The most visible damage to a contemporary building occurred in the Westpac Canterbury Centre at the intersection of Cashel and High streets. Designed by Warren and Mahoney in 1985, the decorative external columns and beams at each side of the six-sided building were connected by what is, in lay terms, an oversized mortise and tenon joint.

While the building’s internal structure behaved perfectly during the earthquake, these strong joints moved up and down, cracking and eventually spalling the concrete.

“It did what it was designed to do 30 years ago when the tools to predict a building’s behaviour were not as sophisticated as today’s technology,” Hare says.

“The September 4 earthquake taught us lessons which are still emerging as the engineers provide material which will be studied for years. This is an interesting opportunity to see how what was an accepted standard two decades ago has coped. The size of the September 4 earthquake and the level of ground displacement were not up to the design-code levels of these buildings. All those buildings designed since 1976 have not yet been fully tested. We experienced a big earthquake, but not a huge one where shaking might last up to 45 to 60 seconds.”

The 1929 Murchison and the 1931 Hawke’s Bay earthquakes profoundly shaped New Zealand’s perception of the hazards of living in a seismically active environment.

Attention was focused on weaknesses in building construction, especially poor building standards and the lack of any provision for earthquake-resistant design.

This led to a draft by-law in 1931, which was incorporated into a building code in 1935. Building codes in 1965, 1976, 1984 and 1992 have added requirements to accommodate changes in building materials and design. Rather than prescribing specific materials, designs or construction methods, the 1992 New Zealand code outlines how a building must perform to withstand the forces expected during an earthquake.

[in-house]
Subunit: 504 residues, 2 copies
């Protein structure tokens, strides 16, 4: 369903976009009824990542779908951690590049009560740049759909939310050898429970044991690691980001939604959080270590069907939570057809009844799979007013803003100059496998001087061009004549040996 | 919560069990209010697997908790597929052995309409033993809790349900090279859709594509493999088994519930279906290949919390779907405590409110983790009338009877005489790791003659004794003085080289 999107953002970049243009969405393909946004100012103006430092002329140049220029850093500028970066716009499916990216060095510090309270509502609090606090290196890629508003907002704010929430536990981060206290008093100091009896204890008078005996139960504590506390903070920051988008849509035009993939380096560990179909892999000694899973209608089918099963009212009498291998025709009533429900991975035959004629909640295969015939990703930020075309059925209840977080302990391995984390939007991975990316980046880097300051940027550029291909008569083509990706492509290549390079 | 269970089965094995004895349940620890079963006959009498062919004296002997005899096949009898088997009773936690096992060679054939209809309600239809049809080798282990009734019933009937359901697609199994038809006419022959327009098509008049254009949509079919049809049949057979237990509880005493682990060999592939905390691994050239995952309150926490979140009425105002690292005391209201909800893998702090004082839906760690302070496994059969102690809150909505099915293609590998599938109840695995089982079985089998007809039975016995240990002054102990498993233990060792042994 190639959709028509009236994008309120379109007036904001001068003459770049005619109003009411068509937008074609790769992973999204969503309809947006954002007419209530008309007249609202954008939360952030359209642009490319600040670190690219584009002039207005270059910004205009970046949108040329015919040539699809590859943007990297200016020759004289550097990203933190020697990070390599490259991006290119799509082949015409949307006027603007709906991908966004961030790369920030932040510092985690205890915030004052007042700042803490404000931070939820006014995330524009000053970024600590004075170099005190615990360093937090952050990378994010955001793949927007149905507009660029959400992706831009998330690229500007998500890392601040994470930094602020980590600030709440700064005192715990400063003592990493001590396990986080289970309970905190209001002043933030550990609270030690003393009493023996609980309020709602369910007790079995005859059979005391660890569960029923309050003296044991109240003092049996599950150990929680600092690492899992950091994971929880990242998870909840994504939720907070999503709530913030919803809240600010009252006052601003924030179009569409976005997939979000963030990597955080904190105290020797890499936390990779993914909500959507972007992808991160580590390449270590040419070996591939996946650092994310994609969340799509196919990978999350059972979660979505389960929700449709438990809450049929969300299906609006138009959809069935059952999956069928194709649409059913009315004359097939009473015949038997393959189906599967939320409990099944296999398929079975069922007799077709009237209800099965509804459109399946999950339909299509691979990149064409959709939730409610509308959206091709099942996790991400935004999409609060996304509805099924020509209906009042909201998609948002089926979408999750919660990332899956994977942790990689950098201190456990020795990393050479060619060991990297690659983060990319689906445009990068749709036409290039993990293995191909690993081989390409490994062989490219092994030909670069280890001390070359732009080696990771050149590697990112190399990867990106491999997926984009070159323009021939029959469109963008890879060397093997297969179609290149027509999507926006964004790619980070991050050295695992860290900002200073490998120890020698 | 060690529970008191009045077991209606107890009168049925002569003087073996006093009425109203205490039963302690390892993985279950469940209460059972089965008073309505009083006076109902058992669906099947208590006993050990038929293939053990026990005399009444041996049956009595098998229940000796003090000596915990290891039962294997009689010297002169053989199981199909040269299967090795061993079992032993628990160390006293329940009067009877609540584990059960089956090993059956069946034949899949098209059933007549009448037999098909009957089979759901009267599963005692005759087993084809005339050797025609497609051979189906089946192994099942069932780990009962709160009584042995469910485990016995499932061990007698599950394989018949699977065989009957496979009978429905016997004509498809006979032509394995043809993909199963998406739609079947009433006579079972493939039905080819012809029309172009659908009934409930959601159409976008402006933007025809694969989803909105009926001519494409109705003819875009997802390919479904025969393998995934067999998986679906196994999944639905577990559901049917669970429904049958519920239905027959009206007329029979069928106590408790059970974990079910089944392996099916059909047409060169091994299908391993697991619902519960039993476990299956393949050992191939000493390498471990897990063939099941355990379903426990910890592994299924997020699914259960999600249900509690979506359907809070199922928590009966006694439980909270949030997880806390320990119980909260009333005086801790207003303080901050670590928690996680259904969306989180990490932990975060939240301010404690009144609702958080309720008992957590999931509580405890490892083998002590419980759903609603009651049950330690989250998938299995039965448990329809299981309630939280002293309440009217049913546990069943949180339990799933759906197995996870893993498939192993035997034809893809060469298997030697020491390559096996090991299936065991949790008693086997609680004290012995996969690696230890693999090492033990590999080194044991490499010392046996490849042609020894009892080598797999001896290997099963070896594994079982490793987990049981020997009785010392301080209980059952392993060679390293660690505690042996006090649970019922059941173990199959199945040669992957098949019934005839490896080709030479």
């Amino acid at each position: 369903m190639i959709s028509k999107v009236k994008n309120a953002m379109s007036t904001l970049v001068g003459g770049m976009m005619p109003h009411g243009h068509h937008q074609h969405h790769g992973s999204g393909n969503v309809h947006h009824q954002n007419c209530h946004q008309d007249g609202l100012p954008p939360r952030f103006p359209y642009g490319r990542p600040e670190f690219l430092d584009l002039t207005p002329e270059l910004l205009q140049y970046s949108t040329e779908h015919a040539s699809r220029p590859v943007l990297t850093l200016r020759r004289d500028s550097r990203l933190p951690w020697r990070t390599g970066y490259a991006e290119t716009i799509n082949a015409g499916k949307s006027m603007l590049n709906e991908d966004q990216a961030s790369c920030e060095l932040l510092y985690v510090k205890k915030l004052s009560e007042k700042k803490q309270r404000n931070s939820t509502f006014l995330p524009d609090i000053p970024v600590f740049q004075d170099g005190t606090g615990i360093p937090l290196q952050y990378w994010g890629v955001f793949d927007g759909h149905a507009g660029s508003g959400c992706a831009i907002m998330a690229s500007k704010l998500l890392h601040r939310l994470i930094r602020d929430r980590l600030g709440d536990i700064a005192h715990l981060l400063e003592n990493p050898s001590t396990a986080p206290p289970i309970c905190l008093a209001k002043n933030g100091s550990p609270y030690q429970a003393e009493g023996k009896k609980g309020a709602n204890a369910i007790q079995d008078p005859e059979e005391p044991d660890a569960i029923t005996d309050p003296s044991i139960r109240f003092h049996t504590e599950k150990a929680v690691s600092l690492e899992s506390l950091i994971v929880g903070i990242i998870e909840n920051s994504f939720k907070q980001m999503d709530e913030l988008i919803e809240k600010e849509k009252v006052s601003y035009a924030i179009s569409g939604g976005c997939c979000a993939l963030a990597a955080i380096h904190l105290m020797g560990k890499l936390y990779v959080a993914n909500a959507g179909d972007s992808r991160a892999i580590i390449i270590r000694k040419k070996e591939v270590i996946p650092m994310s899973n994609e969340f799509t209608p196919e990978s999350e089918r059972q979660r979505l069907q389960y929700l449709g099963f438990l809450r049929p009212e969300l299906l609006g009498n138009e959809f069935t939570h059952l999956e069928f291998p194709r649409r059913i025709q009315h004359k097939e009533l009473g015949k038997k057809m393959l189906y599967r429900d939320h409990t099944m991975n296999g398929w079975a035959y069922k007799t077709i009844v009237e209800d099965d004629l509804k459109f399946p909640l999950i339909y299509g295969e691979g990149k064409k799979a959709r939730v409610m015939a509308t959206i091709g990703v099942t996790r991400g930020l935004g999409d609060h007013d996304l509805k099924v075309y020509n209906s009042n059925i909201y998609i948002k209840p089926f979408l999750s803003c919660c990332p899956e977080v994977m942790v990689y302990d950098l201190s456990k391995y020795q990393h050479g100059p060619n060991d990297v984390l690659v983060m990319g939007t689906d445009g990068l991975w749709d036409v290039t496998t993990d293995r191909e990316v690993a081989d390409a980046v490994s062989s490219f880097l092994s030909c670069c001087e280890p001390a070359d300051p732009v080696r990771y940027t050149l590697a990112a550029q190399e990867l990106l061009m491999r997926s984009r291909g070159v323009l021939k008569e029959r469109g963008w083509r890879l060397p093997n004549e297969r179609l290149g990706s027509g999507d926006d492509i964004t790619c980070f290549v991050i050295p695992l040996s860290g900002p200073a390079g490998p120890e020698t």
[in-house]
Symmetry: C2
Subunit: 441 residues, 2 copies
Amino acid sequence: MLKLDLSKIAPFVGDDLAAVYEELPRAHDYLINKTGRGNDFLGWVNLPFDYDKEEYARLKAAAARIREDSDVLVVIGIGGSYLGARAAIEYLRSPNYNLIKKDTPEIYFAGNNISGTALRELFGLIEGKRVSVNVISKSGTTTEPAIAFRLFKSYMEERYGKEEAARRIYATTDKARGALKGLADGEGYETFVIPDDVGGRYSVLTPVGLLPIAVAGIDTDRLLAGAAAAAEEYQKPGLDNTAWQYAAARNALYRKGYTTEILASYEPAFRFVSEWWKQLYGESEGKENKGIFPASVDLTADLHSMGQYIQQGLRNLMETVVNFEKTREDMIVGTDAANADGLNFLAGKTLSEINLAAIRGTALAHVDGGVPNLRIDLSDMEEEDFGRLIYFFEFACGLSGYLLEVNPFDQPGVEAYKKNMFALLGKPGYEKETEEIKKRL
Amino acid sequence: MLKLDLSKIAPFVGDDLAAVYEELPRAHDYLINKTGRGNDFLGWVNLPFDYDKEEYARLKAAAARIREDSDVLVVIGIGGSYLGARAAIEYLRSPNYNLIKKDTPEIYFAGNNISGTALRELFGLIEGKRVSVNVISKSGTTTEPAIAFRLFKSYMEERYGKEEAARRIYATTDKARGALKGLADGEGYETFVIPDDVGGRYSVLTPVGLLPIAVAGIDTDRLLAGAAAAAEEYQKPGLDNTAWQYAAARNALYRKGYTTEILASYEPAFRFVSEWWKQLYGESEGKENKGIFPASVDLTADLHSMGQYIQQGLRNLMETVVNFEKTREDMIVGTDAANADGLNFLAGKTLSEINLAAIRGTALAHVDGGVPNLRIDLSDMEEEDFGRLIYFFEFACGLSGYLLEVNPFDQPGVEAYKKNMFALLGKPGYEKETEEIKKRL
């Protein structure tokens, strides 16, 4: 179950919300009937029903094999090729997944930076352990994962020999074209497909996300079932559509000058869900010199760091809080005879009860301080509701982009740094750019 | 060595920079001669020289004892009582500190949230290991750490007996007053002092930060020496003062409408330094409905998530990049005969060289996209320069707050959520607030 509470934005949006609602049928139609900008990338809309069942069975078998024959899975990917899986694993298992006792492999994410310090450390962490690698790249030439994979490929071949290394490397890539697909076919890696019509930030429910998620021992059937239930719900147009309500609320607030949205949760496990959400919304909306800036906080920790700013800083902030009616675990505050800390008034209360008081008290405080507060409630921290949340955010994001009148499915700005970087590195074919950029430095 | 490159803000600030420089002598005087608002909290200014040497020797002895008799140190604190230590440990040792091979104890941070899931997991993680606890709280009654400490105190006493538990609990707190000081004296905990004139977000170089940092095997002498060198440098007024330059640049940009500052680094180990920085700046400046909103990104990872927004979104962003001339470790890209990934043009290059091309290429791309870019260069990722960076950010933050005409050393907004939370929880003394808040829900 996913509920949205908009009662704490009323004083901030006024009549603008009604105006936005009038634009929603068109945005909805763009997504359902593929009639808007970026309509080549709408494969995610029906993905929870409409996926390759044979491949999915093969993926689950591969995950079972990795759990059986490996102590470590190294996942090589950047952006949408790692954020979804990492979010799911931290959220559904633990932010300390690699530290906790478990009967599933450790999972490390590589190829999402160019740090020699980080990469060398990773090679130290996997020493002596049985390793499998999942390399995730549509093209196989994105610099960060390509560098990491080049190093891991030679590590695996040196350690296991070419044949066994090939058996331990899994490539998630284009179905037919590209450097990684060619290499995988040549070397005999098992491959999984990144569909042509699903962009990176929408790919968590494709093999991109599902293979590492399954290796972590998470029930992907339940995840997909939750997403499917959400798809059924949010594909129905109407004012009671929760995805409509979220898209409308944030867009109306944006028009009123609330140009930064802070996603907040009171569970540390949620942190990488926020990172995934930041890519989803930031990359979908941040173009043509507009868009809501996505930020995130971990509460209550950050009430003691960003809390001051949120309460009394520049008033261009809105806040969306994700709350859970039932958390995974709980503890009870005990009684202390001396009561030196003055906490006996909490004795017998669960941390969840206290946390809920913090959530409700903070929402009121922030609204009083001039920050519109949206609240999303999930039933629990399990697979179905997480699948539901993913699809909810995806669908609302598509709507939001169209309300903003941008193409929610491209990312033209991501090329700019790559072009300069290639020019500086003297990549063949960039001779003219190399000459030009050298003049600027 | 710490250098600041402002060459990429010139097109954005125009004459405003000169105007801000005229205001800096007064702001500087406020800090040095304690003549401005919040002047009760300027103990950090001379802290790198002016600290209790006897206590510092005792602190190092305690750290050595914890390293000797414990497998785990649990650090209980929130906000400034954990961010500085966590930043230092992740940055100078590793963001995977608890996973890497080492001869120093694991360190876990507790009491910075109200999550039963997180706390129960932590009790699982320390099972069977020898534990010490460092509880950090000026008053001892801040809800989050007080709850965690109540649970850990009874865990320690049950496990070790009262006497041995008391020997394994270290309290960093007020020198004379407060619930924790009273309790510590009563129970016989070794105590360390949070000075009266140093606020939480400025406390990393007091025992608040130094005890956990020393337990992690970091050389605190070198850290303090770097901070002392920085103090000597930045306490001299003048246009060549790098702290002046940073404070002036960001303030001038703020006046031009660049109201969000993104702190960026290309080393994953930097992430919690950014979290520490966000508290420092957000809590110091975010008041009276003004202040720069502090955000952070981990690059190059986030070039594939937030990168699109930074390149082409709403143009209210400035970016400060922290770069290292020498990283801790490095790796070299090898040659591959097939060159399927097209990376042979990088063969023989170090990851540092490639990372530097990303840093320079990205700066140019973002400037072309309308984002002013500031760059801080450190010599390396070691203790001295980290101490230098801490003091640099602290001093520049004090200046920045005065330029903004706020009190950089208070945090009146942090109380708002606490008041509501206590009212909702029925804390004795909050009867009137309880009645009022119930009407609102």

This allows builders to use innovative design and construction methods to create earthquake-resistant buildings. For a moderate earthquake, the main aim is to protect a building from structural damage. For a major earthquake, however, the goal is to protect life by ensuring a building will not collapse and people can escape from it, even if the building itself is badly damaged.

Andy Buchanan, professor of civil engineering at the University of Canterbury, says Christchurch’s contemporary buildings still face the possible test of an even larger earthquake at some time.

“September 4 was a major earthquake but the level of shaking which occurred was comparatively moderate. Its duration was also less than we expected. Buildings were subjected to high forces but most only shook once or twice, which is what they were designed to do. If the tremor had been twice as long, there would have certainly been more damage but they would not have fallen down around our ears.

The full text and other local earthquake news can be found at The Press.